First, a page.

Barnes & Noble letting users sell free books on the Nook?

nook-library

The Barnes & Noble eBookstore works in much the same way as the Kindle Store from Amazon. Independent authors can go ahead and publish their book through these marketplaces, making a little money when each copy is sold. However, it seems that a good number of people are going ahead and making money from out-of-copyright works, selling them at a price that is naturally higher than zero.

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Acer’s LumiRead enters e-Reader race

Acer LumiRead e-Ink eReader with QWERTY Keyboard

The rising sun marks the end of night just as the birth of digital brings forth the death of paper. Well maybe not quite so dramatic, but eBooks are definitely changing the way we read. With more and more companies jumping on board the cost of eBook readers have been steadily decreasing, and now there is another company on the eBook wagon; Acer, with its new LumiRead to go on sale towards the end of 2010.

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Should Kindle be afraid of the $150 Kobo eReader?

kobo.200

It seems that new ebook device releases are not going to slow down anytime soon, Wired is arguing that the Apple iPad will not be a Kindle killer. It’s in a different segment altogether. Instead, they’re saying that Jeff Bezos and the Amazon crew should be fearful of theKobo eReader.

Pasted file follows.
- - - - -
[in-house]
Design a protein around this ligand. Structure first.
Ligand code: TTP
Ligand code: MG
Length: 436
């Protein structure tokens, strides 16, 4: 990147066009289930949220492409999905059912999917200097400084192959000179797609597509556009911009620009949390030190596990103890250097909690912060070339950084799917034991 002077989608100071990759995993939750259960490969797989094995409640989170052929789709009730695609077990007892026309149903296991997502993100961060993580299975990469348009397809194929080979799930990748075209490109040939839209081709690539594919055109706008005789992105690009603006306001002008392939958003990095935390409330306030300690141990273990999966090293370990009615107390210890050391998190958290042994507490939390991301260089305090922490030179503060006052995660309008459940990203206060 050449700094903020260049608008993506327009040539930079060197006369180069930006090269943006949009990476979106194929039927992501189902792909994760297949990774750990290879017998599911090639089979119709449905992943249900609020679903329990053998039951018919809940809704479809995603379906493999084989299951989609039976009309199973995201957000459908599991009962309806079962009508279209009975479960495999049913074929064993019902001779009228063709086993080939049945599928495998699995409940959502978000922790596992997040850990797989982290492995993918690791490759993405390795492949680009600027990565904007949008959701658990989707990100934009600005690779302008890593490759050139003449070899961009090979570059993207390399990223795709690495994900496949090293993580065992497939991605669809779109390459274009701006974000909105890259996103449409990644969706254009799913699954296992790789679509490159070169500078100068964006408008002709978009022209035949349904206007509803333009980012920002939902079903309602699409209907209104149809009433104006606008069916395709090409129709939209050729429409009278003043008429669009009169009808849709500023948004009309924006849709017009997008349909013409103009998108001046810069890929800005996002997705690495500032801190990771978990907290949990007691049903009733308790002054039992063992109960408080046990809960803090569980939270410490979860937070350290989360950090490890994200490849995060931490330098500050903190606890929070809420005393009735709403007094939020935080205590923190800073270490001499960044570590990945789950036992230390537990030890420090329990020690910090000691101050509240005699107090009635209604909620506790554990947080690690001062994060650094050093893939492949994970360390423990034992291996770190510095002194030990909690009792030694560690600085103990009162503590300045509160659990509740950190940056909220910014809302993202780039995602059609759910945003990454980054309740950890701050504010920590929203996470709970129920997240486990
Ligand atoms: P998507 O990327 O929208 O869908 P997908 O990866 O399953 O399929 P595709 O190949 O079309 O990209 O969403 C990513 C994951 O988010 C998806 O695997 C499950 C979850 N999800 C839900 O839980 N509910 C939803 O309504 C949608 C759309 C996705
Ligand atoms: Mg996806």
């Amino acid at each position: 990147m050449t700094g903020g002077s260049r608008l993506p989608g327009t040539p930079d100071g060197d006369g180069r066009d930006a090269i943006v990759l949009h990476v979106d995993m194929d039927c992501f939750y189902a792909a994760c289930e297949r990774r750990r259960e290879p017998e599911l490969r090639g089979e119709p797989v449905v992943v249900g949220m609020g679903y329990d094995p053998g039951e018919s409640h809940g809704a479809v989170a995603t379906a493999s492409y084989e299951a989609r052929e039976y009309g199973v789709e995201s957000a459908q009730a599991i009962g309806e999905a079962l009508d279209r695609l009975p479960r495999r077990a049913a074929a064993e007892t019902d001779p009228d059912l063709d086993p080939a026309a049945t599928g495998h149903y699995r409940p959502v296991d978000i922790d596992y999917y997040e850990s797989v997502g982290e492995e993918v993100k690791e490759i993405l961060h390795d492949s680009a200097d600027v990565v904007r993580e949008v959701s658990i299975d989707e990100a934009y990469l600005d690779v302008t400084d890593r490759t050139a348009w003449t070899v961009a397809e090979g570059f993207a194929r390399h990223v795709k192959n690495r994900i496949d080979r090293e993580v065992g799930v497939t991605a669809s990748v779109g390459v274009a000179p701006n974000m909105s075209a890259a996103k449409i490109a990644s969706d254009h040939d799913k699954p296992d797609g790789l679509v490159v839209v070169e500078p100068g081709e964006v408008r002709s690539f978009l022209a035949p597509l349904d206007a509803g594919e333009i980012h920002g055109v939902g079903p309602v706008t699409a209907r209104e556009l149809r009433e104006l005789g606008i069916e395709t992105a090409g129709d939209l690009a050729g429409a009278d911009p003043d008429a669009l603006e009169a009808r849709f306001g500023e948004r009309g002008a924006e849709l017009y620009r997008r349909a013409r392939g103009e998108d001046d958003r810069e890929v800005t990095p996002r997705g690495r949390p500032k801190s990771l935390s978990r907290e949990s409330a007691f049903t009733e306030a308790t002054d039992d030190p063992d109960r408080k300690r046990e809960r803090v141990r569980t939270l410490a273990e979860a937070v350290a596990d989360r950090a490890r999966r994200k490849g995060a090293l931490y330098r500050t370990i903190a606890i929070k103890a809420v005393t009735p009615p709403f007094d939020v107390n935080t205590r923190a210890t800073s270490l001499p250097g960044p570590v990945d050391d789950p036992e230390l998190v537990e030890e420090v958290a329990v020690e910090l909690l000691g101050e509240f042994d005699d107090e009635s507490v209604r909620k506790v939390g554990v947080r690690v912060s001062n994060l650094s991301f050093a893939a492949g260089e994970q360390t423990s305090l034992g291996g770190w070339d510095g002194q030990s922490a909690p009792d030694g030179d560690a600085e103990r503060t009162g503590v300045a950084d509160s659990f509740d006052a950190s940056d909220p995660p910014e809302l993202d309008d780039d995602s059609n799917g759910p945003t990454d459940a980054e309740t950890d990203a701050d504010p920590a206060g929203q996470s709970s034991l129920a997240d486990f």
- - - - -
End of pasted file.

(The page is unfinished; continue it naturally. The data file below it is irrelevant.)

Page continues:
As a quick refresher, Kobo is a global eBook retailer with support from Chapters/Indigo, Borders, REDGroup Retail, and Cheung Kong Holidings. It already supports the major ebook readers (and smartphones) on the market, but it seems that Kobo wants some hardware of its own.

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Samsung eReader with text-to-speech technology unveiled

Samsung eReader

Samsung Electronics of America today unveiled their eReader tablet computer for the US market. With a name far less revolutionary than others, Samsung’s eReader should still give the Kindle a run for its money.

The compact portable Samsung eReader sports a 6-inch e-Ink display capable of 600×800 resolution with 8-gray scale shades. This is a more traditional eBook screen primarly to be used for newspapers, paper back novels, and simple image viewing, unlike Apple’s iPad offering more colorful, rich-media interaction for the end user.

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